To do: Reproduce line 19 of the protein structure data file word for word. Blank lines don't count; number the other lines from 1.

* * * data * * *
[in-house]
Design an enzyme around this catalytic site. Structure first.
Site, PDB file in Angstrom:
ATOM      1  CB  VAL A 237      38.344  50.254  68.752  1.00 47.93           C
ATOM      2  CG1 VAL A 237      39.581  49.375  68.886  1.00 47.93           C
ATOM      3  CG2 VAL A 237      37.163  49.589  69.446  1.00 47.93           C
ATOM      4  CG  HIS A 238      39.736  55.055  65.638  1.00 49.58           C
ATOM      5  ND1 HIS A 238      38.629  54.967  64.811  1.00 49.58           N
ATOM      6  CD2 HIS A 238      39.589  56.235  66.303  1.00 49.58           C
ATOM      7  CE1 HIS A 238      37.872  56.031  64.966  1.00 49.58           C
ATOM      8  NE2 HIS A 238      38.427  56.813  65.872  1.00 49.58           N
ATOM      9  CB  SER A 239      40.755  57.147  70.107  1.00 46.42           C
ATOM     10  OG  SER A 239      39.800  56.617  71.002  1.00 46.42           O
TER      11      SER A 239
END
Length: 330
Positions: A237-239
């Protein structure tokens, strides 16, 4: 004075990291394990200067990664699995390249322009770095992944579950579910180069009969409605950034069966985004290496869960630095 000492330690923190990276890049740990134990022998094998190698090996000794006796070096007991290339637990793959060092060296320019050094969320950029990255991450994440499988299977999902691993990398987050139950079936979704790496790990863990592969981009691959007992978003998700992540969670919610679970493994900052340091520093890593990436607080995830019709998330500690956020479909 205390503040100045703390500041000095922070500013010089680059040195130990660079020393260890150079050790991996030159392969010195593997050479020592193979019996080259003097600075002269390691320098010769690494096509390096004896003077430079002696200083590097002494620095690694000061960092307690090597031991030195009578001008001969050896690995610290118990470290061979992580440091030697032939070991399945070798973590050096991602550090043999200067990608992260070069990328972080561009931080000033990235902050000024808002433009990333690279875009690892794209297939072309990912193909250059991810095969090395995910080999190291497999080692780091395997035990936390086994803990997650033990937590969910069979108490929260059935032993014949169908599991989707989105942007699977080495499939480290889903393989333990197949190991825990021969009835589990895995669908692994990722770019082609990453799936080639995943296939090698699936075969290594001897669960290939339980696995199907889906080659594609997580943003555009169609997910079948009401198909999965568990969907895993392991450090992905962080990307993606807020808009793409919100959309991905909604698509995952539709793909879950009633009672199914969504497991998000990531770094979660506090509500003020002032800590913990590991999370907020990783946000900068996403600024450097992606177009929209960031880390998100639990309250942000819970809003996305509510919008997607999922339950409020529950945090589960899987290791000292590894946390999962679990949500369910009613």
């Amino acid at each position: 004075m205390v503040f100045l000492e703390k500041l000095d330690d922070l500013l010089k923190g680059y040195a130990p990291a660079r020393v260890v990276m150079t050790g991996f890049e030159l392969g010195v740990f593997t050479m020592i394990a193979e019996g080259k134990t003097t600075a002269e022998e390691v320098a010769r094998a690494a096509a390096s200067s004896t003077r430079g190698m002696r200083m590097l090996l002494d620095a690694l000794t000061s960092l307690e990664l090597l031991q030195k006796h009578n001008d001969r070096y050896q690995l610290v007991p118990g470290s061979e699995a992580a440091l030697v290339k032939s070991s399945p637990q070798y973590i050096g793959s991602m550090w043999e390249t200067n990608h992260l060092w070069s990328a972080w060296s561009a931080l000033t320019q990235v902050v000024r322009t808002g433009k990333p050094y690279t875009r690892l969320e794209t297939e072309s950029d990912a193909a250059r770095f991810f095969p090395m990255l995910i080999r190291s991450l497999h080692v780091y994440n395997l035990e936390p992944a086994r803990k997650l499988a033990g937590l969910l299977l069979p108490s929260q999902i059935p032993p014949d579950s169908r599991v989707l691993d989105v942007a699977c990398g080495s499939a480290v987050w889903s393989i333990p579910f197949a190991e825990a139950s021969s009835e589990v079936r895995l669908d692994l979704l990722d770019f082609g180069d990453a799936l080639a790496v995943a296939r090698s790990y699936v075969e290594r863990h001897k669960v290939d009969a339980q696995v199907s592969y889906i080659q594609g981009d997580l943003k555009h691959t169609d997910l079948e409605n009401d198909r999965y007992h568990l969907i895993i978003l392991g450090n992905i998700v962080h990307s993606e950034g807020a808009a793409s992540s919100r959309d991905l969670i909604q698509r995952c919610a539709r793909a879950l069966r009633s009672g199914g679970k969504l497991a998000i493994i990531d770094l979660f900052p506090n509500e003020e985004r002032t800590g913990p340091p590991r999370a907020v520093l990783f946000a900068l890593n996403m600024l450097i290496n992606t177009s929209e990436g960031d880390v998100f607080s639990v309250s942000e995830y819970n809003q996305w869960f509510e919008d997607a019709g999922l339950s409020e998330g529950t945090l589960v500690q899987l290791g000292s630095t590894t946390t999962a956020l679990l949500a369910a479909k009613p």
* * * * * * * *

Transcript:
């Amino acid at each position: 004075m205390v503040f100045l000492e703390k500041l000095d330690d922070l500013l010089k923190g680059y040195a130990p990291a660079r020393v260890v990276m150079t050790g991996f890049e030159l392969g010195v740990f593997t050479m020592i394990a193979e019996g080259k134990t003097t600075a002269e022998e390691v320098a010769r094998a690494a096509a390096s200067s004896t003077r430079g190698m002696r200083m590097l090996l002494d620095a690694l000794t000061s960092l307690e990664l090597l031991q030195k006796h009578n001008d001969r070096y050896q690995l610290v007991p118990g470290s061979e699995a992580a440091l030697v290339k032939s070991s399945p637990q070798y973590i050096g793959s991602m550090w043999e390249t200067n990608h992260l060092w070069s990328a972080w060296s561009a931080l000033t320019q990235v902050v000024r322009t808002g433009k990333p050094y690279t875009r690892l969320e794209t297939e072309s950029d990912a193909a250059r770095f991810f095969p090395m990255l995910i080999r190291s991450l497999h080692v780091y994440n395997l035990e936390p992944a086994r803990k997650l499988a033990g937590l969910l299977l069979p108490s929260q999902i059935p032993p014949d579950s169908r599991v989707l691993d989105v942007a699977c990398g080495s499939a480290v987050w889903s393989i333990p579910f197949a190991e825990a139950s021969s009835e589990v079936r895995l669908d692994l979704l990722d770019f082609g180069d990453a799936l080639a790496v995943a296939r090698s790990y699936v075969e290594r863990h001897k669960v290939d009969a339980q696995v199907s592969y889906i080659q594609g981009d997580l943003k555009h691959t169609d997910l079948e409605n009401d198909r999965y007992h568990l969907i895993i978003l392991g450090n992905i998700v962080h990307s993606e950034g807020a808009a793409s992540s919100r959309d991905l969670i909604q698509r995952c919610a539709r793909a879950l069966r009633s009672g199914g679970k969504l497991a998000i493994i990531d770094l979660f900052p506090n509500e003020e985004r002032t800590g913990p340091p590991r999370a907020v520093l990783f946000a900068l890593n996403m600024l450097i290496n992606t177009s929209e990436g960031d880390v998100f607080s639990v309250s942000e995830y819970n809003q996305w869960f509510e919008d997607a019709g999922l339950s409020e998330g529950t945090l589960v500690q899987l290791g000292s630095t590894t946390t999962a956020l679990l949500a369910a479909k009613p």